MULTICENTER STUDY
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Long-term cabergoline therapy is not associated with valvular heart disease in patients with prolactinomas.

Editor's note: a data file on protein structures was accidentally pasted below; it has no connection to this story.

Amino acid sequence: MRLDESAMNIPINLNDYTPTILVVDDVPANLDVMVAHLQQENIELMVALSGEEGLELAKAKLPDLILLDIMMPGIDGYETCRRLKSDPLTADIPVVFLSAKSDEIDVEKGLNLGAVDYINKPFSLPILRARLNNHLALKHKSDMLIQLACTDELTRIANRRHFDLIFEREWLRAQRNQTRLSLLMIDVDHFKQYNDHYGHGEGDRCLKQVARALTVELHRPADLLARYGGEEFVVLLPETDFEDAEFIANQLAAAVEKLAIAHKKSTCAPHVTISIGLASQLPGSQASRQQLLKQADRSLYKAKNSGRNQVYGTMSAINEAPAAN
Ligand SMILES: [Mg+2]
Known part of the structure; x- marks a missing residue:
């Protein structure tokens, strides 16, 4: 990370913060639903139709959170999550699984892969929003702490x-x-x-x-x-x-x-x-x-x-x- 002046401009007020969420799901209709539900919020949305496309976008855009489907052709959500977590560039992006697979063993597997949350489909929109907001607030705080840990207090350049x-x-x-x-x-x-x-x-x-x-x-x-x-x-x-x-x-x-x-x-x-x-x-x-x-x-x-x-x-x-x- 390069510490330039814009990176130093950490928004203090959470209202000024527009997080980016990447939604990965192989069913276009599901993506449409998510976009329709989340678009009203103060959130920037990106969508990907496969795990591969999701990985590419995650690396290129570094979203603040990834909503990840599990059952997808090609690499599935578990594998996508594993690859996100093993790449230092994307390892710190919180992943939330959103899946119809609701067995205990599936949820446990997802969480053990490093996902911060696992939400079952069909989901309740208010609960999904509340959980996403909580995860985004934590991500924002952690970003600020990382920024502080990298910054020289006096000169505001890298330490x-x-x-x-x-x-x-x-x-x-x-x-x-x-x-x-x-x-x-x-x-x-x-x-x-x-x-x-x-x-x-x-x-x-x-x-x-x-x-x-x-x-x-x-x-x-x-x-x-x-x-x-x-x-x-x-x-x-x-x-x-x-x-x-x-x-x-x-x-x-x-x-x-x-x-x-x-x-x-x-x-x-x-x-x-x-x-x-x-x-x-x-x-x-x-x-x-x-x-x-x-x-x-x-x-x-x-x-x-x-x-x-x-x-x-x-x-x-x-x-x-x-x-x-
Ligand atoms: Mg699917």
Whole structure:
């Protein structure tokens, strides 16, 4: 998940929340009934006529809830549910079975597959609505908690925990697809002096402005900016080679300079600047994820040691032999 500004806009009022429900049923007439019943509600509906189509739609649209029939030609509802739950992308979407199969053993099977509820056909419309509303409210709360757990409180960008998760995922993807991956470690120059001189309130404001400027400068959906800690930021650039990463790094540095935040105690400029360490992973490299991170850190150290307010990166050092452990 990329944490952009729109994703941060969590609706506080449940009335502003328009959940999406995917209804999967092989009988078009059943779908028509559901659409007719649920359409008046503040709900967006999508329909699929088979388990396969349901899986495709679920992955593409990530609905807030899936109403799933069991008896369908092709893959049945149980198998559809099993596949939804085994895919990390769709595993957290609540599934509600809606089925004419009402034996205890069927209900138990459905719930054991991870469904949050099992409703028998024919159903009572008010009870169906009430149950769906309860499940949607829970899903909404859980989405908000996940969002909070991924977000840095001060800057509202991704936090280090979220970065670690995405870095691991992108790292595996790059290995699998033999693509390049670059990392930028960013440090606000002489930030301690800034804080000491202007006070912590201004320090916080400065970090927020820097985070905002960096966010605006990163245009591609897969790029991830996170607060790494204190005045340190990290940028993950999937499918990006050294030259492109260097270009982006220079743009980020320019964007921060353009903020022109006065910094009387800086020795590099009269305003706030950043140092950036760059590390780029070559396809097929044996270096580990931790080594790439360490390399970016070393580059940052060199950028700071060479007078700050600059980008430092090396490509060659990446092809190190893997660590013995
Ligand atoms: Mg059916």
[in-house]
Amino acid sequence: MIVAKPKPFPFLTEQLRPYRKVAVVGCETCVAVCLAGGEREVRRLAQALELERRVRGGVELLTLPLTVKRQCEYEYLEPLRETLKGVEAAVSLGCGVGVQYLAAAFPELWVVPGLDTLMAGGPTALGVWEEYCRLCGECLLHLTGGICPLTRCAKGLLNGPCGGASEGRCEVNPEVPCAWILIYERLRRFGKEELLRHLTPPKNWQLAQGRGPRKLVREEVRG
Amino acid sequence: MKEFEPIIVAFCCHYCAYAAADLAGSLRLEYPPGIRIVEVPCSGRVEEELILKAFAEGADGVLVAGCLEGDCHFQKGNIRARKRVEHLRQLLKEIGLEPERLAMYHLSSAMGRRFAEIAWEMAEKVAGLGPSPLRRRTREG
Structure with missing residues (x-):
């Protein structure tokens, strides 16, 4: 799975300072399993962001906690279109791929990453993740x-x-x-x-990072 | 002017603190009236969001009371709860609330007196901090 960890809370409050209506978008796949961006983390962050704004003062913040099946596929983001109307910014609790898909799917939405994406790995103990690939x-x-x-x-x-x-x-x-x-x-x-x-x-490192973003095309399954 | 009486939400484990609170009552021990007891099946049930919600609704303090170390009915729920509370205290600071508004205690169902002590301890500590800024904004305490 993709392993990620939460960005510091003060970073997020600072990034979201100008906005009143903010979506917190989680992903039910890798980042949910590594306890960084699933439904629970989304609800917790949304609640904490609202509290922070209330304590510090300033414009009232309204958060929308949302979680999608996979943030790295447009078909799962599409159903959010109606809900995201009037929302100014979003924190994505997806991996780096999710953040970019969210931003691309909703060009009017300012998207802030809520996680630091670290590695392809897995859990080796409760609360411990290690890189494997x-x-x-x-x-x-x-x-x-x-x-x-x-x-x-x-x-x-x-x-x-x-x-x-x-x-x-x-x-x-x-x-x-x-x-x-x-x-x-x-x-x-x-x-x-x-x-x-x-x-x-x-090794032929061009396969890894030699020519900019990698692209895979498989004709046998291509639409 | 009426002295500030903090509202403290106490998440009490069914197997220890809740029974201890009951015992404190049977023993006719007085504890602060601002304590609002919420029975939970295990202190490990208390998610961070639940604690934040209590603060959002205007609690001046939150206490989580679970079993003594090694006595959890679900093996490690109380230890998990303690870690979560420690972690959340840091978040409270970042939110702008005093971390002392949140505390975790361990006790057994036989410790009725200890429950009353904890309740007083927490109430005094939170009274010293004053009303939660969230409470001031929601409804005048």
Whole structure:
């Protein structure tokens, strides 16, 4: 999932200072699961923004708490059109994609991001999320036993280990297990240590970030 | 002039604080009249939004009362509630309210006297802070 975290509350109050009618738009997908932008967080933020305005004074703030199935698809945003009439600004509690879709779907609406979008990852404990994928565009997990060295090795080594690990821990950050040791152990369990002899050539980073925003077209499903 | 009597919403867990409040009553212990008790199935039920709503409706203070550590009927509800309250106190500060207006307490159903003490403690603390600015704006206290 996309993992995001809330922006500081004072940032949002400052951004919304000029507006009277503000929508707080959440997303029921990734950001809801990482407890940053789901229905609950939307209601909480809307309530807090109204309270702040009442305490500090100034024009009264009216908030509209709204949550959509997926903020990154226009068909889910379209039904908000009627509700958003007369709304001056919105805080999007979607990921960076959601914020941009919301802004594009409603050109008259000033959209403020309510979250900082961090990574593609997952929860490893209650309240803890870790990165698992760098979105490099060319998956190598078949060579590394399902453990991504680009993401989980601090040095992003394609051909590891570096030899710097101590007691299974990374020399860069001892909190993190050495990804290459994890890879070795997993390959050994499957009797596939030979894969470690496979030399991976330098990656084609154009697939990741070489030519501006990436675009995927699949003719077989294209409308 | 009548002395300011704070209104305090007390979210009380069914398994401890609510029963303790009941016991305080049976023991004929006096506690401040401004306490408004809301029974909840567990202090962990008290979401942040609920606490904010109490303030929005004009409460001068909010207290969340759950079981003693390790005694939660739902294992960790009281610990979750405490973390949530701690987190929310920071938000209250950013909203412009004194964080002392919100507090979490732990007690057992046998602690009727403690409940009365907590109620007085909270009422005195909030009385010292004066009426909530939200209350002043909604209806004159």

Ergot-derived dopamine receptor agonists, especially pergolide and cabergoline, have been associated with an increased risk of valvular heart disease in patients treated for Parkinson's disease. Cabergoline at lower doses than those employed in Parkinson's disease is widely used in patients with prolactinomas, because of its high efficacy and tolerability; however, its safety with regard to cardiac valve disease is unknown. In order to assess the prevalence of cardiac valve regurgitation in patients with prolactinomas treated with long-term cabergoline, we performed a prospective and multicentric study including four university centers in the province of Quebec. A transthoracic echocardiogram was performed in 70 patients with prolactinomas treated with cabergoline for at least 1 year (duration of treatment, 55 +/- 22 months; cumulative dose 282 +/- 271 mg, mean +/- SD) and 70 control subjects matched for age and sex. Valvular regurgitation was graded according to the American Society of Echocardiography recommendations as mild, moderate, or severe. Moderate valvular regurgitation was found in four patients (5.7%) and five control subjects (7.1%) (P = 0.73). No patient had severe valvular regurgitation. There was no correlation between the presence of significant heart-valve regurgitation and cabergoline cumulative dose, duration of cabergoline treatment, prior use of bromocriptine, age, adenoma size, or prolactin levels. Our results show that low doses of cabergoline seem to be a safe treatment of hyperprolactinemic patients. However, in patients with prolonged cabergoline treatment, we suggest that echocardiographic surveillance may be warranted.

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